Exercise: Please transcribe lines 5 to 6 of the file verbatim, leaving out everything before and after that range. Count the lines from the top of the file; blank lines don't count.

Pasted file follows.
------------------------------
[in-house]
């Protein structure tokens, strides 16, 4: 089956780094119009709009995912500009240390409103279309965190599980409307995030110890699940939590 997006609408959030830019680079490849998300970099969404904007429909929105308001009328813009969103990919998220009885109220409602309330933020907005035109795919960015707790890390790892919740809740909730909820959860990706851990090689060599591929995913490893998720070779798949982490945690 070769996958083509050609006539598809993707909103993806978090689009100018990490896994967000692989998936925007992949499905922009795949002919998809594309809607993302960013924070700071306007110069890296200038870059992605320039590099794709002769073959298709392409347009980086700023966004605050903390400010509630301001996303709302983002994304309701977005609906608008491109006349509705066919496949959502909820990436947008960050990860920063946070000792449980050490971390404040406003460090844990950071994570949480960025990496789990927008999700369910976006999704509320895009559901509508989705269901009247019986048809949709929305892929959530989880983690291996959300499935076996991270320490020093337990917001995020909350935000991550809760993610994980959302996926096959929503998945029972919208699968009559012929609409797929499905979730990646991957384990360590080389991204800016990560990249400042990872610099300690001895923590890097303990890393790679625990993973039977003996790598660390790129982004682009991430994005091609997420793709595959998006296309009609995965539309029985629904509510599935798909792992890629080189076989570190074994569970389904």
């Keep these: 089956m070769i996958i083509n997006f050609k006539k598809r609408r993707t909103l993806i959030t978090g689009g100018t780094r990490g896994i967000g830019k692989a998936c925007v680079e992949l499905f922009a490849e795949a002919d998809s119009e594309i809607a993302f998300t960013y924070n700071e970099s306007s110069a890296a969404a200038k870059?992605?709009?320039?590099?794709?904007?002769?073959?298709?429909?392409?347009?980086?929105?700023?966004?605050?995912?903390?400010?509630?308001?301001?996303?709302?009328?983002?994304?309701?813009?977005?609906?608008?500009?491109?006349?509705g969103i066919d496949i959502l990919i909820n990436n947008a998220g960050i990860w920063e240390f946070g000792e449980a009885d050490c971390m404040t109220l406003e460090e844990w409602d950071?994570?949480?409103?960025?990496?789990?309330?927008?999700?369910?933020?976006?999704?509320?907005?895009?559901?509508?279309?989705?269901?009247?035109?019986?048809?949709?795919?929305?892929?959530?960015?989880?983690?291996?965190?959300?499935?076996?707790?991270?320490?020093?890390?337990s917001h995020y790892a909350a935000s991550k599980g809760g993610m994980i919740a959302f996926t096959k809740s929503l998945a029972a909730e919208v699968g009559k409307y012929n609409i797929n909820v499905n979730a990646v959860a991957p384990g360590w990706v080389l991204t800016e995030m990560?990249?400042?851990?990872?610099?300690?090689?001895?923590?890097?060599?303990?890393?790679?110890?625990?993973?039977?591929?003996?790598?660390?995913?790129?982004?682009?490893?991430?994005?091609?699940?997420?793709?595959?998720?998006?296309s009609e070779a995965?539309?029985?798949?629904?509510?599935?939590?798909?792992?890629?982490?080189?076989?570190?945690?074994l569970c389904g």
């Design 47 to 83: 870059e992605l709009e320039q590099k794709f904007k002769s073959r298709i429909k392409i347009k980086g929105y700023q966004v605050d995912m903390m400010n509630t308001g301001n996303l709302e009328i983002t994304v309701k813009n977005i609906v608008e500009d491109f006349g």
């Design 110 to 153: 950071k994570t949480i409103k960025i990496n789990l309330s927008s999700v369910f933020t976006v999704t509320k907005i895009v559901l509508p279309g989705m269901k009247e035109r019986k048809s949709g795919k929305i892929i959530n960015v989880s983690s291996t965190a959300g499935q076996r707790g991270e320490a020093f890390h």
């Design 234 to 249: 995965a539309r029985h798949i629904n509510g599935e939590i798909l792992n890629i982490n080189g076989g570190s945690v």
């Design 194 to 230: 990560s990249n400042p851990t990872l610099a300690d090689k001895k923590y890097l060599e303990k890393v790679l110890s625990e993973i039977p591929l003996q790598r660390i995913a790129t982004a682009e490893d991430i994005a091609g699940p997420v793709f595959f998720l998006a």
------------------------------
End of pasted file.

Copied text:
């Design 110 to 153: 950071k994570t949480i409103k960025i990496n789990l309330s927008s999700v369910f933020t976006v999704t509320k907005i895009v559901l509508p279309g989705m269901k009247e035109r019986k048809s949709g795919k929305i892929i959530n960015v989880s983690s291996t965190a959300g499935q076996r707790g991270e320490a020093f890390h």
């Design 234 to 249: 995965a539309r029985h798949i629904n509510g599935e939590i798909l792992n890629i982490n080189g076989g570190s945690v």